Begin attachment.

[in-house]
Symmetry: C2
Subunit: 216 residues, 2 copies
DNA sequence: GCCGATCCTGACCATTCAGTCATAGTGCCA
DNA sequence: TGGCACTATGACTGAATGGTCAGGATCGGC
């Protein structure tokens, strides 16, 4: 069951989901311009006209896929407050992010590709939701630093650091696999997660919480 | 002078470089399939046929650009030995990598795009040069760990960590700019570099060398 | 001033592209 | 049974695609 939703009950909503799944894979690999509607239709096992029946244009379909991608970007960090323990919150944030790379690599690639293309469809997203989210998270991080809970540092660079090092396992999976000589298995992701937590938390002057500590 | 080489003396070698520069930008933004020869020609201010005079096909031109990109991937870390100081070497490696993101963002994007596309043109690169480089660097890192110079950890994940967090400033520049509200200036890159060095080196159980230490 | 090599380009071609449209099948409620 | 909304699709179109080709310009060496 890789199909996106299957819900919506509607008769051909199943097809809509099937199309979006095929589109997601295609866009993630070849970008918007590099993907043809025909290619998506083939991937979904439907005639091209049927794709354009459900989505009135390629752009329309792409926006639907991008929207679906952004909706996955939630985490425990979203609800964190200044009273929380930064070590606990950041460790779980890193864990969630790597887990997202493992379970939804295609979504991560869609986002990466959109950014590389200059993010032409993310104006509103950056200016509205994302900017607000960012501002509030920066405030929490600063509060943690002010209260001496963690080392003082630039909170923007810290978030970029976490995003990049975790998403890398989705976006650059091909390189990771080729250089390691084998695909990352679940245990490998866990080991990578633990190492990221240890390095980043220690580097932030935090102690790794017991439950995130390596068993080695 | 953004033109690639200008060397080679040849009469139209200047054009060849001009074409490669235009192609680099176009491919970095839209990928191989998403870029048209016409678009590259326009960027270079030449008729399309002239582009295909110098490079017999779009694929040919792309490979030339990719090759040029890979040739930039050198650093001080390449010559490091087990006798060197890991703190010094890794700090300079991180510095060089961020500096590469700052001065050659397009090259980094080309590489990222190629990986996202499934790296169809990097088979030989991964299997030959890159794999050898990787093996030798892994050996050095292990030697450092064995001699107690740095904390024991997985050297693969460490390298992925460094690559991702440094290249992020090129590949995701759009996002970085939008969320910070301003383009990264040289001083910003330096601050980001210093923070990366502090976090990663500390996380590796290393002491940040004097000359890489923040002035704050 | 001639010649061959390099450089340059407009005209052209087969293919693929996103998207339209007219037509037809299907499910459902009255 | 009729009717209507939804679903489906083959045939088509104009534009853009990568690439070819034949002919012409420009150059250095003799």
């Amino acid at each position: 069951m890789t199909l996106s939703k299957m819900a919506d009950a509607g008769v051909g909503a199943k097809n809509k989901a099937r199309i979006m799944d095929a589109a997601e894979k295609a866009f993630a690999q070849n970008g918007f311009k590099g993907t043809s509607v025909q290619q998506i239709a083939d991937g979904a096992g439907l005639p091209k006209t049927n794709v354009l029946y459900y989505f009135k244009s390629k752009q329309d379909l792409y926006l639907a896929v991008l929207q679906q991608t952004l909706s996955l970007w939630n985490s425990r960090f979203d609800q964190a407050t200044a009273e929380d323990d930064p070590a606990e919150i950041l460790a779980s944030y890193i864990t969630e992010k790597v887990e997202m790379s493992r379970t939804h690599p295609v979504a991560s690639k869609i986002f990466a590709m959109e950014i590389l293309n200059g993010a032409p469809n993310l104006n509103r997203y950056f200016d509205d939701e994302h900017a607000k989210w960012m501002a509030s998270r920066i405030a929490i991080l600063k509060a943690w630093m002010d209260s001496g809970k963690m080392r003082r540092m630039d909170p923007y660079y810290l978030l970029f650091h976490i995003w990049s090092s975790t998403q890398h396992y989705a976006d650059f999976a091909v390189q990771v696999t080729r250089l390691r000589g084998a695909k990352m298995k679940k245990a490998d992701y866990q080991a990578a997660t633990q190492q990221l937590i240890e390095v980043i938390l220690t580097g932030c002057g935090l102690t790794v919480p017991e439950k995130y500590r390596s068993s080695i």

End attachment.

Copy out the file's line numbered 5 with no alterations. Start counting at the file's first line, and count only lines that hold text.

DNA sequence: TGGCACTATGACTGAATGGTCAGGATCGGC